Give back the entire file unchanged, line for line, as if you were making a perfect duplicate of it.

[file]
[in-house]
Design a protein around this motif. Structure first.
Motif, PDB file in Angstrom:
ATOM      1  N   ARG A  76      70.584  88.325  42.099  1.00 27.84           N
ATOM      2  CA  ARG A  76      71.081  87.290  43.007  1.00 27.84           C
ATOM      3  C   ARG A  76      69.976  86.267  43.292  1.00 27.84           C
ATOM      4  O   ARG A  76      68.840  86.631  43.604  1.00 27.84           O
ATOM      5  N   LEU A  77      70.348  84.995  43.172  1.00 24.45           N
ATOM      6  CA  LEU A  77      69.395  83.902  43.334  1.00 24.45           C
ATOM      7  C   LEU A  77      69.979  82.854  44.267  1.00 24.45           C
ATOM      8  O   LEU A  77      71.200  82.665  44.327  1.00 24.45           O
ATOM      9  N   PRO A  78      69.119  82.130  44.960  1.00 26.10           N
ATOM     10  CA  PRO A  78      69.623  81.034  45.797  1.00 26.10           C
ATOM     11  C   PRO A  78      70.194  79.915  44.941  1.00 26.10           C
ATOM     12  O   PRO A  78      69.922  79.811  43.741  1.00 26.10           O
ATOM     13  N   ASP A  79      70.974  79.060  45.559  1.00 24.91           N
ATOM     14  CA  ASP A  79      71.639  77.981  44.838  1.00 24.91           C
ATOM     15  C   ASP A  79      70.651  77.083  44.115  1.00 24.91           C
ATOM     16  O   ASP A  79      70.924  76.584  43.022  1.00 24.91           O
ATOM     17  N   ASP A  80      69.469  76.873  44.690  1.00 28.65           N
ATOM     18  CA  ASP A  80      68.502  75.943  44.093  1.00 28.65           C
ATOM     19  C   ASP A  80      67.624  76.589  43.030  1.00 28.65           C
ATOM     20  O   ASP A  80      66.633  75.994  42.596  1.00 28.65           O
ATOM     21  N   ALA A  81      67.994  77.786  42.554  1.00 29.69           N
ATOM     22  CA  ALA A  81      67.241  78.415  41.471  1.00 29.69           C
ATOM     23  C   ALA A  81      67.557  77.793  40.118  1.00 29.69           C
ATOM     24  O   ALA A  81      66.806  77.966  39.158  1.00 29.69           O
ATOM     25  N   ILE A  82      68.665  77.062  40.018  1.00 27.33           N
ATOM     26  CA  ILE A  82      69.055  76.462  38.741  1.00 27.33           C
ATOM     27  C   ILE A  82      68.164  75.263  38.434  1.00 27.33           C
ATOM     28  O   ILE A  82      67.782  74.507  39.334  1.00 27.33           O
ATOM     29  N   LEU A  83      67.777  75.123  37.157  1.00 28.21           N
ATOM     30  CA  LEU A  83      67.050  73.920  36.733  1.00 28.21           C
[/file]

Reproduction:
[in-house]
Design a protein around this motif. Structure first.
Motif, PDB file in Angstrom:
ATOM      1  N   ARG A  76      70.584  88.325  42.099  1.00 27.84           N
ATOM      2  CA  ARG A  76      71.081  87.290  43.007  1.00 27.84           C
ATOM      3  C   ARG A  76      69.976  86.267  43.292  1.00 27.84           C
ATOM      4  O   ARG A  76      68.840  86.631  43.604  1.00 27.84           O
ATOM      5  N   LEU A  77      70.348  84.995  43.172  1.00 24.45           N
ATOM      6  CA  LEU A  77      69.395  83.902  43.334  1.00 24.45           C
ATOM      7  C   LEU A  77      69.979  82.854  44.267  1.00 24.45           C
ATOM      8  O   LEU A  77      71.200  82.665  44.327  1.00 24.45           O
ATOM      9  N   PRO A  78      69.119  82.130  44.960  1.00 26.10           N
ATOM     10  CA  PRO A  78      69.623  81.034  45.797  1.00 26.10           C
ATOM     11  C   PRO A  78      70.194  79.915  44.941  1.00 26.10           C
ATOM     12  O   PRO A  78      69.922  79.811  43.741  1.00 26.10           O
ATOM     13  N   ASP A  79      70.974  79.060  45.559  1.00 24.91           N
ATOM     14  CA  ASP A  79      71.639  77.981  44.838  1.00 24.91           C
ATOM     15  C   ASP A  79      70.651  77.083  44.115  1.00 24.91           C
ATOM     16  O   ASP A  79      70.924  76.584  43.022  1.00 24.91           O
ATOM     17  N   ASP A  80      69.469  76.873  44.690  1.00 28.65           N
ATOM     18  CA  ASP A  80      68.502  75.943  44.093  1.00 28.65           C
ATOM     19  C   ASP A  80      67.624  76.589  43.030  1.00 28.65           C
ATOM     20  O   ASP A  80      66.633  75.994  42.596  1.00 28.65           O
ATOM     21  N   ALA A  81      67.994  77.786  42.554  1.00 29.69           N
ATOM     22  CA  ALA A  81      67.241  78.415  41.471  1.00 29.69           C
ATOM     23  C   ALA A  81      67.557  77.793  40.118  1.00 29.69           C
ATOM     24  O   ALA A  81      66.806  77.966  39.158  1.00 29.69           O
ATOM     25  N   ILE A  82      68.665  77.062  40.018  1.00 27.33           N
ATOM     26  CA  ILE A  82      69.055  76.462  38.741  1.00 27.33           C
ATOM     27  C   ILE A  82      68.164  75.263  38.434  1.00 27.33           C
ATOM     28  O   ILE A  82      67.782  74.507  39.334  1.00 27.33           O
ATOM     29  N   LEU A  83      67.777  75.123  37.157  1.00 28.21           N
ATOM     30  CA  LEU A  83      67.050  73.920  36.733  1.00 28.21           C